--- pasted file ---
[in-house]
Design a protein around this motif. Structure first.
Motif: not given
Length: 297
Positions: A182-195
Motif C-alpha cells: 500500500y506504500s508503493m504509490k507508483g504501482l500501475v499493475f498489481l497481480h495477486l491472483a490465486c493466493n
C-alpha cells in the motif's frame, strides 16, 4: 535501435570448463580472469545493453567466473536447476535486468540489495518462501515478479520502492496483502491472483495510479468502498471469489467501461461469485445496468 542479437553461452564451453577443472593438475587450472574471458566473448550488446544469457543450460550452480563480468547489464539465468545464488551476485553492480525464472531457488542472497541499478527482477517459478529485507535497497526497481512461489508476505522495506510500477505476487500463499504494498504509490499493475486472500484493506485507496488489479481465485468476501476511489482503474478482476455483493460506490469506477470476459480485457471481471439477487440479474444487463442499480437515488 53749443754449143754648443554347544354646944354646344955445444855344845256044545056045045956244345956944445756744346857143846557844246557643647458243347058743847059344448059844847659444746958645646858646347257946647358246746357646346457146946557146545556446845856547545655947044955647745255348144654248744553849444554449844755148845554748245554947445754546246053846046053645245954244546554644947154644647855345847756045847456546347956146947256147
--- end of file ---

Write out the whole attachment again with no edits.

[in-house]
Design a protein around this motif. Structure first.
Motif: not given
Length: 297
Positions: A182-195
Motif C-alpha cells: 500500500y506504500s508503493m504509490k507508483g504501482l500501475v499493475f498489481l497481480h495477486l491472483a490465486c493466493n
C-alpha cells in the motif's frame, strides 16, 4: 535501435570448463580472469545493453567466473536447476535486468540489495518462501515478479520502492496483502491472483495510479468502498471469489467501461461469485445496468 542479437553461452564451453577443472593438475587450472574471458566473448550488446544469457543450460550452480563480468547489464539465468545464488551476485553492480525464472531457488542472497541499478527482477517459478529485507535497497526497481512461489508476505522495506510500477505476487500463499504494498504509490499493475486472500484493506485507496488489479481465485468476501476511489482503474478482476455483493460506490469506477470476459480485457471481471439477487440479474444487463442499480437515488 53749443754449143754648443554347544354646944354646344955445444855344845256044545056045045956244345956944445756744346857143846557844246557643647458243347058743847059344448059844847659444746958645646858646347257946647358246746357646346457146946557146545556446845856547545655947044955647745255348144654248744553849444554449844755148845554748245554947445754546246053846046053645245954244546554644947154644647855345847756045847456546347956146947256147